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Beat it to Earth? or with indignant grief
Th' attemper'd organ, that even saddest thoughts
THE EOLIAN HARP.
Composed at Clevedon, Somersetshire.
My pensive Sara! thy soft cheek reclined
Thus on mine arm, most soothing sweet it is
To sit beside our cot, our cot o'ergrown
With white-flower'd Jasmin, and the broad-leav'd
(Meet emblems they of Innocence and Love!)
And watch the clouds, that late were rich with light,
Slow sad'ning round, and mark the star of eve
Serenely brilliant (such should wisdom be)
Shine opposite! How exquisite the scents
Snatch'd from yon bean-field! and the world so hush'd! The stilly murmur of the distant Sea
Tells us of Silence.
And that simplest Lute,
Placed length-ways in the clasping casement, hark!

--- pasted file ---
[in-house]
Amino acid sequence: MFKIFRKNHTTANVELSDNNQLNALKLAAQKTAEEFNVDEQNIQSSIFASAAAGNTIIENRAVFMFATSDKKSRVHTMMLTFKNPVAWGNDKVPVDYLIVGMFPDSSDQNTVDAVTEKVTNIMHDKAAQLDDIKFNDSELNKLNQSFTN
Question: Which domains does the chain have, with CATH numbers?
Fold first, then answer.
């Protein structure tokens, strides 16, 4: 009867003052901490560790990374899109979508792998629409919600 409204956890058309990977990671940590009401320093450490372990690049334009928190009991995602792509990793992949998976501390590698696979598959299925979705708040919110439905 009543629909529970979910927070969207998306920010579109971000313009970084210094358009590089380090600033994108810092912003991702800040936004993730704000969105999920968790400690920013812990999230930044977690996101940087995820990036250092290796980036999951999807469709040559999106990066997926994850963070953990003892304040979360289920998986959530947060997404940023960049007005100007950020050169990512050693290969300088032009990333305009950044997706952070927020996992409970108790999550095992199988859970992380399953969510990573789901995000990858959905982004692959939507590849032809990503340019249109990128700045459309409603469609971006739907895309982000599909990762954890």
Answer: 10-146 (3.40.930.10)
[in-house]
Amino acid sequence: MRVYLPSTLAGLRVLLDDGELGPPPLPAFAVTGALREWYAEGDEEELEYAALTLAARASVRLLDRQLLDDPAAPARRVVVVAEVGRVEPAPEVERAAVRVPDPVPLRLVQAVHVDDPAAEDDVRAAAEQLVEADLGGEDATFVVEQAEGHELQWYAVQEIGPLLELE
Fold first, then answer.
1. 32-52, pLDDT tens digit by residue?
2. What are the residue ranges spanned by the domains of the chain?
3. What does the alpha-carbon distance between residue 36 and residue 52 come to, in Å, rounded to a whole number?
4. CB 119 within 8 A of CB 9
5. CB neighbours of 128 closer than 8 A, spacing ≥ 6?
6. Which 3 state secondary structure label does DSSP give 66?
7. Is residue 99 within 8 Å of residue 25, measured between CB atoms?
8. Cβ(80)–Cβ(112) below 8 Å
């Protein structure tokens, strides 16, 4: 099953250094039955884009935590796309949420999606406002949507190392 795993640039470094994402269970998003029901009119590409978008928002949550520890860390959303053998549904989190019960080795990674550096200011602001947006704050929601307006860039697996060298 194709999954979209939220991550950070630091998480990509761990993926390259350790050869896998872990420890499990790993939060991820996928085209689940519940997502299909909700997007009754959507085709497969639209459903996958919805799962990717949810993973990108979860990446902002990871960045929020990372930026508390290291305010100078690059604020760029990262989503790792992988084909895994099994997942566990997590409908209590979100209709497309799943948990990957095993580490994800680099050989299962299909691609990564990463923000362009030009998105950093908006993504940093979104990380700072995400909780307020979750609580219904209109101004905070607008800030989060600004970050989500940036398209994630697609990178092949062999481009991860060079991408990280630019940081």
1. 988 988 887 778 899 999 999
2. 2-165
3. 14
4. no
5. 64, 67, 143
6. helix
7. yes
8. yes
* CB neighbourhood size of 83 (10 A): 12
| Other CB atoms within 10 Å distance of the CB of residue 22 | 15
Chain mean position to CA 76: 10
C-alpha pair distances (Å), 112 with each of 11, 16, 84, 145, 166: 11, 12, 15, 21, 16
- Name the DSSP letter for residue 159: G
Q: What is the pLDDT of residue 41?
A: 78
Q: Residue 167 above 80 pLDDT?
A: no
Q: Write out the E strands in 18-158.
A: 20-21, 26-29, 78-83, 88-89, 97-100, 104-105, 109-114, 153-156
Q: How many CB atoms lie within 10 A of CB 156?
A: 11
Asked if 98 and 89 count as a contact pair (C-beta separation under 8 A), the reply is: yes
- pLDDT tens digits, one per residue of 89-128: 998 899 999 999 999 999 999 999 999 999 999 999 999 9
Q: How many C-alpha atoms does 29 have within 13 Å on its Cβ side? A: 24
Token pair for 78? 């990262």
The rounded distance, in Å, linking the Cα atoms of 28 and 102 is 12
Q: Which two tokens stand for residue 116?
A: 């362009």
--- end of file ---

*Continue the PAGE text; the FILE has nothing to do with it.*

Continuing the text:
How by the desultory breeze caress'd,
Like some coy maid half yielding to her lover,
It pours such sweet upbraidings, as must needs
Tempt to repeat the wrong! And now, its strings
Boldlier swept, the long sequacious notes
Over delicious surges sink and rise,
Such a soft floating witchery of sound
As twilight Elfins make, when they at eve
Nor pause, nor perch, hovering on untamed wing!
And thus, my love! as on the midway slope Of yonder hill I stretch my limbs at noon, Whilst thro' my half-closed eye-lids I behold The sunbeams dance, like diamonds, on the main,
And tranquil muse upon tranquillity;
Full many a thought uncall'd and undetain'd,
And many idle flitting phantasies,
Traverse my indolent and passive brain,
As wild and various as the random gales
And what if all of animated nature
Be but organic harps diversly fram'd,
That tremble into thought, as o'er them sweeps
At once the Soul of each, and God of All?
But thy more serious eye a mild reproof
A sinful and most miserable Man,
Wilder'd and dark, and gave me to possess
Peace, and this Cot, and Thee, heart-honor'd Maid!
On having left a Place of Retirement.
Low was our pretty Cot: our tallest Rose